d ary heaps.

Sometimes it’s a pleasure to abandon that very-cool-enterprise development, to take some book on algorithms and to solve couple of problems from it. Just to keep brain if not sharp, but at least not rusty. Also diving in some problem of that kind is the nice way to resurrect old math skills I was taught in the university.

This time I’d like to implement priority queue using d-ary heap. Don’t want to copy-paste Wikipedia here, but priority queues are really useful data structures. The first application that comes to mind is TOP N search results. Instead of retrieving the whole result set, sorting it and returning first $ N $ elements it will be much faster if priority queue of size $ N $ is used.

Sample binary heap looks like this, where all child nodes (talking about max heap here) are less or equal than their parent. (Image was taken from here http://cs.anu.edu.au/~Alistair.Rendell/Teaching/apac_comp3600/)


So d-ary heap. It’s just the generalization of binary heap, but each node has $ d $ children instead of 2. It’s clear that the height of the heap with $ N $ elements in it is $ \log_{d} N $.

The algorithm of extracting max element and adding new to the queue is almost the same as for binary heap, formula for getting parent-child item differs from one for binary heap.

The code sufficient to solve original problem from the book is below as long as its sample output for 4-ary heap holding 20 elements.

import math

class DAryHeap(object):
    def __init__(self, d = 2):
        super(DAryHeap, self).__init__()
        self.d = d
        self.data = []

    def extract_max(self):
        if not self.data:
            raise Exception("No data");
        m = self.data[0]
        self.data[0] = self.data[self.size() - 1]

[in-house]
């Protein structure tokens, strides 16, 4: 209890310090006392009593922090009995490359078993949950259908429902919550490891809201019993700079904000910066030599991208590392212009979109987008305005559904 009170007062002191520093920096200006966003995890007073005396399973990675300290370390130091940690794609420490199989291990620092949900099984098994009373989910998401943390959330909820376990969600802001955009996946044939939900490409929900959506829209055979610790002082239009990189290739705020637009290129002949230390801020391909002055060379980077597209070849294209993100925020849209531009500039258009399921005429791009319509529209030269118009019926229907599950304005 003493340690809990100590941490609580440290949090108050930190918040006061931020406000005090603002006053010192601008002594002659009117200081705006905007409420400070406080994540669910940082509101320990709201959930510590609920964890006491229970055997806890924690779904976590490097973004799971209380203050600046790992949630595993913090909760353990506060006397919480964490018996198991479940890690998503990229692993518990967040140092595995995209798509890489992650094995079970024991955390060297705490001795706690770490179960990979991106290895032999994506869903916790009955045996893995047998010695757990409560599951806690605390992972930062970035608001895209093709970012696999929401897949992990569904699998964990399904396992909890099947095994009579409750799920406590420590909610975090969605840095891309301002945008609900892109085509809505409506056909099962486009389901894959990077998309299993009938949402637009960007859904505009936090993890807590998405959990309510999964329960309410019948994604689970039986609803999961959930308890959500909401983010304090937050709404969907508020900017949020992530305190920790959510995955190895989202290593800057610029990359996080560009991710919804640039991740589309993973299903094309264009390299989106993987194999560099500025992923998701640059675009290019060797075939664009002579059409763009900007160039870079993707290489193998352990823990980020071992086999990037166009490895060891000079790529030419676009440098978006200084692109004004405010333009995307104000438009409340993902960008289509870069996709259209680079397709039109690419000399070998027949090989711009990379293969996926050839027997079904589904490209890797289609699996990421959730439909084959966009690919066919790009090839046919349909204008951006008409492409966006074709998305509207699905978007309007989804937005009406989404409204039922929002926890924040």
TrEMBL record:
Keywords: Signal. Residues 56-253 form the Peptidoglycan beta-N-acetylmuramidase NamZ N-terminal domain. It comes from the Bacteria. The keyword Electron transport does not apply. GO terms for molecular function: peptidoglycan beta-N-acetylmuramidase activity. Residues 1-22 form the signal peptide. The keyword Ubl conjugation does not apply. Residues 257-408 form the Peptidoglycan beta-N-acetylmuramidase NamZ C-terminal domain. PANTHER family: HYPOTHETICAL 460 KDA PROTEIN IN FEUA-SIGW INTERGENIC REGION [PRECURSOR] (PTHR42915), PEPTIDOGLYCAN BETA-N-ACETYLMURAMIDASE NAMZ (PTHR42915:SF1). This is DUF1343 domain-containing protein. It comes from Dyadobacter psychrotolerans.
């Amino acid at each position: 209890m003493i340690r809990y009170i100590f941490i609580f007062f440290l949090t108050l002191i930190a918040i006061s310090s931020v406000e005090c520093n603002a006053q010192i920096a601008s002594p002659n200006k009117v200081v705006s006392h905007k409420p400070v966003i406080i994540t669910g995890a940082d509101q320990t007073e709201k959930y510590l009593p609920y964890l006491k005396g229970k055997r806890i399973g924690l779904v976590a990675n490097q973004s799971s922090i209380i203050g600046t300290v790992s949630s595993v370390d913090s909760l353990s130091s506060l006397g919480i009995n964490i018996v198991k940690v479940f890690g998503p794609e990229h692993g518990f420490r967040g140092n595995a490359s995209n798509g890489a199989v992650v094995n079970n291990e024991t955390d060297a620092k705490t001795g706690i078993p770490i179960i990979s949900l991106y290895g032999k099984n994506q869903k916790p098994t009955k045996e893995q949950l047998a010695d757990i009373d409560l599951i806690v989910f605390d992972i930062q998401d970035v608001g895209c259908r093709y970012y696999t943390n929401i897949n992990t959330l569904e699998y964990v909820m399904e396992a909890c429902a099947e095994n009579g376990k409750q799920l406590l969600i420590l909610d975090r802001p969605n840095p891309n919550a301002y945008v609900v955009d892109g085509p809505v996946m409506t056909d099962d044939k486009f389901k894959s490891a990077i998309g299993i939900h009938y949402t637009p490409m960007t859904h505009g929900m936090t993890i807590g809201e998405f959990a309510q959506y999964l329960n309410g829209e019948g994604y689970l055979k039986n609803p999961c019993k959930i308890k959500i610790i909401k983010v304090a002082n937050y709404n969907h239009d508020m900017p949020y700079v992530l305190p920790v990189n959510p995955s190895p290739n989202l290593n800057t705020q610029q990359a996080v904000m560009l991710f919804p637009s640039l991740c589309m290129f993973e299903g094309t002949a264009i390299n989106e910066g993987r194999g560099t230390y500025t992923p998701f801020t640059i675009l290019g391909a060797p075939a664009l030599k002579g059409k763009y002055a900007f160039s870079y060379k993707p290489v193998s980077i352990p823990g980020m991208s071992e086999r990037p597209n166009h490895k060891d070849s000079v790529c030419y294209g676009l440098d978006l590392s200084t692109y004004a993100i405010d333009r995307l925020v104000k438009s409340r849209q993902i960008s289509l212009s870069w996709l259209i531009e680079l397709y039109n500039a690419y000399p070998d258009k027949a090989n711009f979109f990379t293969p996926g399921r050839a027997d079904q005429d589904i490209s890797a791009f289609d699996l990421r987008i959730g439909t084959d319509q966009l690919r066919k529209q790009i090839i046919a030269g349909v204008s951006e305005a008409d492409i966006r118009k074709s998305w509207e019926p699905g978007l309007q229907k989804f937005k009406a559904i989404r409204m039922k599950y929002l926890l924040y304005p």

return m

    def get_max(self):
        if not self.data:
            raise Exception("No data");
        return self.data[0]

    def increase_key(self, i, key):
        if key < self.data[i]:
            raise Exception("New key is less than stored")
        self.data[i] = key
        parent = self.__parent_index(i)
        while i > 0 and self.data[parent] < self.data[i]:
            self.data[parent], self.data[i] = self.data[i], self.data[parent]
            i = parent
            parent = self.__parent_index(i)

    def insert(self, value):
        self.increase_key(self.size() - 1, value)

    def __parent_index(self, i):
        return int(math.floor((i - 1) / self.d))

    def __heapify(self, i):
        largest = i
        for j in xrange(0, self.d):
            child_index = self.__get_child_index(i, j)
            if child_index < self.size() - 1 and self.data[child_index] > self.data[largest]:
                largest = child_index
        if largest != i:
            self.data[largest], self.data[i] = self.data[i], self.data[largest]

    def size(self):
        return len(self.data)

    def __get_child_index(self, i, n):
        return self.d * i + n + 1

And the output

[19, 7, 11, 15, 18, 0, 4, 5, 6, 1, 8, 9, 10, 2, 12, 13, 14, 3, 16, 17]